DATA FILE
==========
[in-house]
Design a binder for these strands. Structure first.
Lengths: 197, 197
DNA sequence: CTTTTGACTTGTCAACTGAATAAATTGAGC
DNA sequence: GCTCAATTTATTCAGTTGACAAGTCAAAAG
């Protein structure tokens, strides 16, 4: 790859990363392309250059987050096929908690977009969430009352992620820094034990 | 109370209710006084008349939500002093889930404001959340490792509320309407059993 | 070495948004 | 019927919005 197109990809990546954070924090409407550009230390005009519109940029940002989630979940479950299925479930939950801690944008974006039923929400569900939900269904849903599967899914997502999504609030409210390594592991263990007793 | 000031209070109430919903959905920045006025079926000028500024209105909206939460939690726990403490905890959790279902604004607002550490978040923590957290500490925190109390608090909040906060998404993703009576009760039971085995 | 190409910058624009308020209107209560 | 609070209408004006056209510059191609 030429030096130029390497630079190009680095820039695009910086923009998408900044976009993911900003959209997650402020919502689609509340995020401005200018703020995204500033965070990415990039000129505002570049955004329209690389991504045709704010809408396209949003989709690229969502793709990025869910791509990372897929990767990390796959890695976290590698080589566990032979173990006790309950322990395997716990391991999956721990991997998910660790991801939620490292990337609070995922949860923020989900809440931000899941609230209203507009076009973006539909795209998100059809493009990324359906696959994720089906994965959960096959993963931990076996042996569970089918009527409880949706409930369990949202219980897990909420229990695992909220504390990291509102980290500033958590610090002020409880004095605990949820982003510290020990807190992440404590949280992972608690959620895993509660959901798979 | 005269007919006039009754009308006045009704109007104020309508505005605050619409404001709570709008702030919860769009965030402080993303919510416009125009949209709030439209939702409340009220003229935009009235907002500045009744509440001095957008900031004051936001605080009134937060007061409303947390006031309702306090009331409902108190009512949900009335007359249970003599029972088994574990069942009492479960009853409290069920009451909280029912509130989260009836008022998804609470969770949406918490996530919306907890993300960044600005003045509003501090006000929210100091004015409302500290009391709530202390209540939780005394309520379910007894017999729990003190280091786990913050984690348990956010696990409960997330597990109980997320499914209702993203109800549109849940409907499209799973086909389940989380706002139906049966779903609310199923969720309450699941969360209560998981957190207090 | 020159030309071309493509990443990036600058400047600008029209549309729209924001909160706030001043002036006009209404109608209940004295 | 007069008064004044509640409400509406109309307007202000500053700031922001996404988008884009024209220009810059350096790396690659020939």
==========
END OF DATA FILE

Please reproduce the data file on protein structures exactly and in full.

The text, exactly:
[in-house]
Design a binder for these strands. Structure first.
Lengths: 197, 197
DNA sequence: CTTTTGACTTGTCAACTGAATAAATTGAGC
DNA sequence: GCTCAATTTATTCAGTTGACAAGTCAAAAG
């Protein structure tokens, strides 16, 4: 790859990363392309250059987050096929908690977009969430009352992620820094034990 | 109370209710006084008349939500002093889930404001959340490792509320309407059993 | 070495948004 | 019927919005 197109990809990546954070924090409407550009230390005009519109940029940002989630979940479950299925479930939950801690944008974006039923929400569900939900269904849903599967899914997502999504609030409210390594592991263990007793 | 000031209070109430919903959905920045006025079926000028500024209105909206939460939690726990403490905890959790279902604004607002550490978040923590957290500490925190109390608090909040906060998404993703009576009760039971085995 | 190409910058624009308020209107209560 | 609070209408004006056209510059191609 030429030096130029390497630079190009680095820039695009910086923009998408900044976009993911900003959209997650402020919502689609509340995020401005200018703020995204500033965070990415990039000129505002570049955004329209690389991504045709704010809408396209949003989709690229969502793709990025869910791509990372897929990767990390796959890695976290590698080589566990032979173990006790309950322990395997716990391991999956721990991997998910660790991801939620490292990337609070995922949860923020989900809440931000899941609230209203507009076009973006539909795209998100059809493009990324359906696959994720089906994965959960096959993963931990076996042996569970089918009527409880949706409930369990949202219980897990909420229990695992909220504390990291509102980290500033958590610090002020409880004095605990949820982003510290020990807190992440404590949280992972608690959620895993509660959901798979 | 005269007919006039009754009308006045009704109007104020309508505005605050619409404001709570709008702030919860769009965030402080993303919510416009125009949209709030439209939702409340009220003229935009009235907002500045009744509440001095957008900031004051936001605080009134937060007061409303947390006031309702306090009331409902108190009512949900009335007359249970003599029972088994574990069942009492479960009853409290069920009451909280029912509130989260009836008022998804609470969770949406918490996530919306907890993300960044600005003045509003501090006000929210100091004015409302500290009391709530202390209540939780005394309520379910007894017999729990003190280091786990913050984690348990956010696990409960997330597990109980997320499914209702993203109800549109849940409907499209799973086909389940989380706002139906049966779903609310199923969720309450699941969360209560998981957190207090 | 020159030309071309493509990443990036600058400047600008029209549309729209924001909160706030001043002036006009209404109608209940004295 | 007069008064004044509640409400509406109309307007202000500053700031922001996404988008884009024209220009810059350096790396690659020939």